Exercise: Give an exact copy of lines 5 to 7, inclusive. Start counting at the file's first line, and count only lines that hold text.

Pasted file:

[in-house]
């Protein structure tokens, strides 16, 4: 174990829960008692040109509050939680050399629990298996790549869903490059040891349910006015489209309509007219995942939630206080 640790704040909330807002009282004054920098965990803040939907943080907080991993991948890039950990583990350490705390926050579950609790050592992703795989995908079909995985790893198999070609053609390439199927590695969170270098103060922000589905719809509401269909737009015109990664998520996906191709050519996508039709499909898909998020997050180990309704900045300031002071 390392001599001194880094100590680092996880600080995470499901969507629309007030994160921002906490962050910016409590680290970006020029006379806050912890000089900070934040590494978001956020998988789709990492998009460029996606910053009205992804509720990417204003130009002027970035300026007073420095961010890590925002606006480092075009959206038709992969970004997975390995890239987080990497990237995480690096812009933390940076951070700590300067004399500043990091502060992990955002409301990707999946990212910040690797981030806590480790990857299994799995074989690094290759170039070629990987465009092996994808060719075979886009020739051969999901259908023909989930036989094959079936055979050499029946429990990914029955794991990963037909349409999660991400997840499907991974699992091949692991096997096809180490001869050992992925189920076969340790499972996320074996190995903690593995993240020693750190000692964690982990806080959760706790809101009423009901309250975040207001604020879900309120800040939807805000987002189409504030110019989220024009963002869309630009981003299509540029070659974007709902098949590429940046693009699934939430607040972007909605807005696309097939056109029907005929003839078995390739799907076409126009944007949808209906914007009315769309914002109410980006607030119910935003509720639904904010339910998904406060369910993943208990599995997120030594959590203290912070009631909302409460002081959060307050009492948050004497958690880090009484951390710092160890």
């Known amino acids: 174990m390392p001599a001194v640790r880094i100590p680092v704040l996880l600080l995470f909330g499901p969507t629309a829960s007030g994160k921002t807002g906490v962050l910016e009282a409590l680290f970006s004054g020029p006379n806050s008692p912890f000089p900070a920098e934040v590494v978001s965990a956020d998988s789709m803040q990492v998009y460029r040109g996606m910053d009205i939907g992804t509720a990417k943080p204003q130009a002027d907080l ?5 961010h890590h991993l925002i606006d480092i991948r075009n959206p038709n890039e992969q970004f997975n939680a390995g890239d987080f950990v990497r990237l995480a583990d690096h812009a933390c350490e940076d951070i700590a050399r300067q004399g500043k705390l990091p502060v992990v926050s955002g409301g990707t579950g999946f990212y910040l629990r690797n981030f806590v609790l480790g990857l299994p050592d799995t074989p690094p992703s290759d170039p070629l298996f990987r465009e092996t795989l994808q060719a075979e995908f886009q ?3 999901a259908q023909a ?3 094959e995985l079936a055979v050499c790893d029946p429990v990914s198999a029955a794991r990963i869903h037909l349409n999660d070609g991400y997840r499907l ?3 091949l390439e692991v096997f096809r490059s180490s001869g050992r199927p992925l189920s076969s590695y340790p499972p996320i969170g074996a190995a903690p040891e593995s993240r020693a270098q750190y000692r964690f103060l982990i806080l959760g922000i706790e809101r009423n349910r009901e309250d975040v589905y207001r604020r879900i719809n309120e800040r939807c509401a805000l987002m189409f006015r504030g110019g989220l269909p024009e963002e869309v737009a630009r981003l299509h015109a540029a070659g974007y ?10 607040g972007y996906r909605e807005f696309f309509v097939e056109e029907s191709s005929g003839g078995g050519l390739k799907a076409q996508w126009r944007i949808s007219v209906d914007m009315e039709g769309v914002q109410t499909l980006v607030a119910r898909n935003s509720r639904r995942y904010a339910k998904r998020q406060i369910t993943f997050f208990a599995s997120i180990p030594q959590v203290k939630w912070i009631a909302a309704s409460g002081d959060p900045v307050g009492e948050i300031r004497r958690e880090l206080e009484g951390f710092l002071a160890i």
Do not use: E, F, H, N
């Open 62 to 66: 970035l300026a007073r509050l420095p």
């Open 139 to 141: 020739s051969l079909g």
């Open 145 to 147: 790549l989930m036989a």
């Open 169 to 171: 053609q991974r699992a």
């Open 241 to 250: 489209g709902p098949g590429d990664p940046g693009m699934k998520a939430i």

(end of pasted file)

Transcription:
């Open 62 to 66: 970035l300026a007073r509050l420095p």
């Open 139 to 141: 020739s051969l079909g």
């Open 145 to 147: 790549l989930m036989a």